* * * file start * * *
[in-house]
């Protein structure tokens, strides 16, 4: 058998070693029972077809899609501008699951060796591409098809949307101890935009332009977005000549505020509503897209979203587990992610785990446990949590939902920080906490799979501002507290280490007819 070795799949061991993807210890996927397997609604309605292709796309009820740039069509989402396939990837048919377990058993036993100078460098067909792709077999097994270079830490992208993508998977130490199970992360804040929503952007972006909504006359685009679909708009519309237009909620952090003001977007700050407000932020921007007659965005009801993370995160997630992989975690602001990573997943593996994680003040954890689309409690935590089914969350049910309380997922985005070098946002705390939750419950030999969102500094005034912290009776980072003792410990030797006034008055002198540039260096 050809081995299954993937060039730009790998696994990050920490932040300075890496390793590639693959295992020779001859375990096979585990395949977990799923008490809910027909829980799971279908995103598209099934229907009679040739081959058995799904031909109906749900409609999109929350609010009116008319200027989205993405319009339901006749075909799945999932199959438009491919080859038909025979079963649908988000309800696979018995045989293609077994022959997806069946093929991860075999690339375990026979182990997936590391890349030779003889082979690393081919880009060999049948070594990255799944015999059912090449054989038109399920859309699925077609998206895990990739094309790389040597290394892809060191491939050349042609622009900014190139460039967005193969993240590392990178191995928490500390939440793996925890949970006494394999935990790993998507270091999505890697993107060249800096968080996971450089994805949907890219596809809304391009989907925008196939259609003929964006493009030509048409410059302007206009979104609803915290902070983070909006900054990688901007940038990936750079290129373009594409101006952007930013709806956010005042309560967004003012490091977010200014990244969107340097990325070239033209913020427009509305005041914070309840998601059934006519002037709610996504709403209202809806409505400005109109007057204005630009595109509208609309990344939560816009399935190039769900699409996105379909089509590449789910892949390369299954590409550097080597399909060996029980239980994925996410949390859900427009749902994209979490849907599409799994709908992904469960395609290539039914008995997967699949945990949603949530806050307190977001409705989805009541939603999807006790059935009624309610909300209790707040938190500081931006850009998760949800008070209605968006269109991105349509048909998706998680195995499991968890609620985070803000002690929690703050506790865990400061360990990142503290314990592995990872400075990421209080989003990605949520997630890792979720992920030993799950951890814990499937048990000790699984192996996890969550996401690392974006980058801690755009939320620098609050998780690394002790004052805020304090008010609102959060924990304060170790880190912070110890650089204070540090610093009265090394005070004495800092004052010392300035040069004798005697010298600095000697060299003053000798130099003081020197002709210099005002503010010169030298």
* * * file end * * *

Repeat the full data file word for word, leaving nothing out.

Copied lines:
[in-house]
């Protein structure tokens, strides 16, 4: 058998070693029972077809899609501008699951060796591409098809949307101890935009332009977005000549505020509503897209979203587990992610785990446990949590939902920080906490799979501002507290280490007819 070795799949061991993807210890996927397997609604309605292709796309009820740039069509989402396939990837048919377990058993036993100078460098067909792709077999097994270079830490992208993508998977130490199970992360804040929503952007972006909504006359685009679909708009519309237009909620952090003001977007700050407000932020921007007659965005009801993370995160997630992989975690602001990573997943593996994680003040954890689309409690935590089914969350049910309380997922985005070098946002705390939750419950030999969102500094005034912290009776980072003792410990030797006034008055002198540039260096 050809081995299954993937060039730009790998696994990050920490932040300075890496390793590639693959295992020779001859375990096979585990395949977990799923008490809910027909829980799971279908995103598209099934229907009679040739081959058995799904031909109906749900409609999109929350609010009116008319200027989205993405319009339901006749075909799945999932199959438009491919080859038909025979079963649908988000309800696979018995045989293609077994022959997806069946093929991860075999690339375990026979182990997936590391890349030779003889082979690393081919880009060999049948070594990255799944015999059912090449054989038109399920859309699925077609998206895990990739094309790389040597290394892809060191491939050349042609622009900014190139460039967005193969993240590392990178191995928490500390939440793996925890949970006494394999935990790993998507270091999505890697993107060249800096968080996971450089994805949907890219596809809304391009989907925008196939259609003929964006493009030509048409410059302007206009979104609803915290902070983070909006900054990688901007940038990936750079290129373009594409101006952007930013709806956010005042309560967004003012490091977010200014990244969107340097990325070239033209913020427009509305005041914070309840998601059934006519002037709610996504709403209202809806409505400005109109007057204005630009595109509208609309990344939560816009399935190039769900699409996105379909089509590449789910892949390369299954590409550097080597399909060996029980239980994925996410949390859900427009749902994209979490849907599409799994709908992904469960395609290539039914008995997967699949945990949603949530806050307190977001409705989805009541939603999807006790059935009624309610909300209790707040938190500081931006850009998760949800008070209605968006269109991105349509048909998706998680195995499991968890609620985070803000002690929690703050506790865990400061360990990142503290314990592995990872400075990421209080989003990605949520997630890792979720992920030993799950951890814990499937048990000790699984192996996890969550996401690392974006980058801690755009939320620098609050998780690394002790004052805020304090008010609102959060924990304060170790880190912070110890650089204070540090610093009265090394005070004495800092004052010392300035040069004798005697010298600095000697060299003053000798130099003081020197002709210099005002503010010169030298």